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Letter: Change guard at Angkor

Letter: Change guard at Angkor

As a westerner who frequently and happily visits Cambodia, please allow me to

express my grave concern at the pillaging of the Angkor temples at Siem Reap and

other places.

It is my policy never to interfere in internal Cambodian

affairs, but here much more is at stake.

To me, visiting these temples,

which I consider one of mankind's greatest achievements in art and culture, is a

constant source of joy. However, this time coming to Cambodia I learn that the

lotus pedestal with Buddha footprints from Neak Pean's eastern tower has

disappeared.

This is also true of two priceless Apsara heads from Ta

Prohm. Recently, your own paper published the tragic story of the dismantling of

Banteay Chmar.

These are just a few examples that have come to my

knowledge - among countless others, I am sure.

I know that many

Cambodians share with me a deep sense of sadness and frustration about this loss

of Cambodian and world heritage.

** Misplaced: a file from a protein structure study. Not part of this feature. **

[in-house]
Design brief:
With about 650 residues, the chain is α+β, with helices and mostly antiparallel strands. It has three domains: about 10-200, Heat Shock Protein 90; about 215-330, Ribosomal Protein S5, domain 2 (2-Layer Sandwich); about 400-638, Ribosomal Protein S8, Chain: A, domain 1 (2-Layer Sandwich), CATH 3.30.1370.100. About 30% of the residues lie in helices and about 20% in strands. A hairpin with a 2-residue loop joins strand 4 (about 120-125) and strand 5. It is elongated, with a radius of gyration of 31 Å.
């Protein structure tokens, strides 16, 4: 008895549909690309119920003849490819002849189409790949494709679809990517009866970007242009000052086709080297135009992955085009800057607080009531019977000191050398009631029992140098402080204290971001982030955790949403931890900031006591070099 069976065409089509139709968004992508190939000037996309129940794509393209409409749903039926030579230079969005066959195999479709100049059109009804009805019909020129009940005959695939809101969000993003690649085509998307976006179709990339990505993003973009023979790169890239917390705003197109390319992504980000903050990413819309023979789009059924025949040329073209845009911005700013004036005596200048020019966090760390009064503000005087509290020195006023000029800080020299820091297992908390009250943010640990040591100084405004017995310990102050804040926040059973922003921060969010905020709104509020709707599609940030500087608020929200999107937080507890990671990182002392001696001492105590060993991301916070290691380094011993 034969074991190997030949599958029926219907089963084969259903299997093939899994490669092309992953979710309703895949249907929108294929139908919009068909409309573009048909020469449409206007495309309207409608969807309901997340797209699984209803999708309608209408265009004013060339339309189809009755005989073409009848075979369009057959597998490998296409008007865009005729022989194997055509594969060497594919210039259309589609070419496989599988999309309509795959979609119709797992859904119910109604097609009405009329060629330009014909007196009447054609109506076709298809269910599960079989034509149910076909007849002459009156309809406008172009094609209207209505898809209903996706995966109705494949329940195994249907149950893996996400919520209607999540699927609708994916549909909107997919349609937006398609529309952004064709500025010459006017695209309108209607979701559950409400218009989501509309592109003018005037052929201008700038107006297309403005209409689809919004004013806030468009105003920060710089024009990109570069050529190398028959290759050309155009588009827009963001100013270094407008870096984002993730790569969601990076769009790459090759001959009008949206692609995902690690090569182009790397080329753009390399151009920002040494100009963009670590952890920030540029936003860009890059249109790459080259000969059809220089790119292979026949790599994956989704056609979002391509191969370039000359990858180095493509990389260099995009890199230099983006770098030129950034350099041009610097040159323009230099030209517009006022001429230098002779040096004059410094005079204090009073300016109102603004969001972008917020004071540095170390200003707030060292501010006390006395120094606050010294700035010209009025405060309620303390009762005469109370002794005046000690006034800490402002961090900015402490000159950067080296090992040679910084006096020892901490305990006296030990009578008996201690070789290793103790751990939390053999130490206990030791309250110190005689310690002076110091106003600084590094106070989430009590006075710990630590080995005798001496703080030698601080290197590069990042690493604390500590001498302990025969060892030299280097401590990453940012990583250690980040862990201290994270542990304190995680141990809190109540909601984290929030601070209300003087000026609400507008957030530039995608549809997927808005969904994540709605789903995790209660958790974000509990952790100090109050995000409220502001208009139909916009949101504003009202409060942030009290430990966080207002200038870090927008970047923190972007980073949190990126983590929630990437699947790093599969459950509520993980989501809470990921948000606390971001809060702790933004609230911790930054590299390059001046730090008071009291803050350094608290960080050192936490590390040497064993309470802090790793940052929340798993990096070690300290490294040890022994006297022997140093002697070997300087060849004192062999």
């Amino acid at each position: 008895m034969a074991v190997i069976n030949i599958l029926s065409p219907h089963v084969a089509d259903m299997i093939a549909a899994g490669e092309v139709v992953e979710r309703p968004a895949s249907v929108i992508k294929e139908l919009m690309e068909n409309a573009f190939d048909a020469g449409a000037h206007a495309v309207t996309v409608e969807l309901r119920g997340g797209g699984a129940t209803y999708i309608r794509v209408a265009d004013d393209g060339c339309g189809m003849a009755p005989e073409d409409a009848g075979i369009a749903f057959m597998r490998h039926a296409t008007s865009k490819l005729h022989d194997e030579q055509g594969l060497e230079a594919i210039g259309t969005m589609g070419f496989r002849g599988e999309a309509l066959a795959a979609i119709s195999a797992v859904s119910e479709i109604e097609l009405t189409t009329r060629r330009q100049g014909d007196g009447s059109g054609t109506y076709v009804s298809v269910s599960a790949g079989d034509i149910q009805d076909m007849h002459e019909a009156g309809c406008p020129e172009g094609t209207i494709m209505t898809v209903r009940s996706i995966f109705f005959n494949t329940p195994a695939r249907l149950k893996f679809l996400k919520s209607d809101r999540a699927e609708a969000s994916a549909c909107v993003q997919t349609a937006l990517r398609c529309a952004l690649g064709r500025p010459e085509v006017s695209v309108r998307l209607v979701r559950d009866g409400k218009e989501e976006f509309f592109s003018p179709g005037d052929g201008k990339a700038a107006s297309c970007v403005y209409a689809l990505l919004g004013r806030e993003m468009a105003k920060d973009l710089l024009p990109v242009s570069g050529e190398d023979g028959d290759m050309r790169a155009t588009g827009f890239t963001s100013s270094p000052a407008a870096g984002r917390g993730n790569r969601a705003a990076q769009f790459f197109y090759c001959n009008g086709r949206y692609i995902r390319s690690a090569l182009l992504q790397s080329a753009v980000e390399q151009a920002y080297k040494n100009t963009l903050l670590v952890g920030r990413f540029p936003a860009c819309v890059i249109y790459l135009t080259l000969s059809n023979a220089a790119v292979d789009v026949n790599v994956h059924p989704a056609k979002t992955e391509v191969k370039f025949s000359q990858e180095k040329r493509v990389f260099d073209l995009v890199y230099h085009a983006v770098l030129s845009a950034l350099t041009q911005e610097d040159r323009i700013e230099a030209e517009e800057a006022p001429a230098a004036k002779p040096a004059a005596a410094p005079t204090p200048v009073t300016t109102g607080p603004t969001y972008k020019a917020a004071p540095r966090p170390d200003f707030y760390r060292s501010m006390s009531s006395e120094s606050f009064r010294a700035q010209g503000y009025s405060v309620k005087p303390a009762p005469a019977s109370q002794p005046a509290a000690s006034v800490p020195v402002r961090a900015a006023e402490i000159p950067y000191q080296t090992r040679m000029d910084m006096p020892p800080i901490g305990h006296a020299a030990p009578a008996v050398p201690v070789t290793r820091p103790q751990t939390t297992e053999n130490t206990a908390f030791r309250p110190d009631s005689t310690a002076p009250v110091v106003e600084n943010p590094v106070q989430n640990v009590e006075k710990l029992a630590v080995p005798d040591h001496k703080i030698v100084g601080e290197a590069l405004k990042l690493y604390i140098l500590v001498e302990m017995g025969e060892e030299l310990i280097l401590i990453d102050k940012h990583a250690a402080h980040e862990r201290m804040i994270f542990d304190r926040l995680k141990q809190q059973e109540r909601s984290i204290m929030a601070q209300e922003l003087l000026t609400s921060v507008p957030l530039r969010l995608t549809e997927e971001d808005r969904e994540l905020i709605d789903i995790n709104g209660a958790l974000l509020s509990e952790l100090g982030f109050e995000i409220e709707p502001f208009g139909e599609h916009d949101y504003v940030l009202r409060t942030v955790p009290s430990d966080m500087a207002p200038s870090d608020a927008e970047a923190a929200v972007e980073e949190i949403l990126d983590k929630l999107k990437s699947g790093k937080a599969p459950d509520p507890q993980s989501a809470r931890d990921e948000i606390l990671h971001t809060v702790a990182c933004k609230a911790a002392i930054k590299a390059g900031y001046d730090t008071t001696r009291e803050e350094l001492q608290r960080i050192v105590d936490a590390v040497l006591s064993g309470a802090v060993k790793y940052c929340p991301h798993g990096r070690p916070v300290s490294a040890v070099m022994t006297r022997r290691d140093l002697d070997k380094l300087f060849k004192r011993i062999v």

I hope that His Majesty King Norodom

Sihanouk's appeal to the so-called "donor countries" for aid to safeguard the

temples does not go unanswered.

Meanwhile, let me present a model of how

a future structure to better protect the temples might look.

I believe

that a drastic but necessary counter-measure to further pillaging of the temple

area at Siem Reap would be a complete dissolution of the special police force on

duty there.

Any organization replacing it would have to have an

international "head" of highly skilled and motivated security

experts.

Any Cambodian staff on patrol around the temples should be

replaced at frequent intervals, not exceeding 12 months.

Possibly the

recruitment of the guards could favor ex-KR hardliners, whom I believe to be

less exposed to the national epidemic: corruption.

To further minimize

this risk the staff should be paid a decent salary and be properly prepared for

their duties, including the creation of a consciousness about the value and

importance of their mission.

There is a sort of parallel between the

Republic of Cambodia and the present-day situation. In the early seventies,

everyone seemed to know that Lon Nol's side was losing, and for that reason

everyone went berserk in corruption.

Today there is a vacuum left over

from the war and the Khmer Rouge influence which, until it is filled by a

normalized, civilized mentality, is creating a true haven for the most anarchic

sides of the Khmer spirit. I believe that we all have a moral duty to do our

best to counter it.

Thomas Weber Carlsen, of Trige Parkvej,

Denmark

Last Home Guesthouse, Phnom Penh

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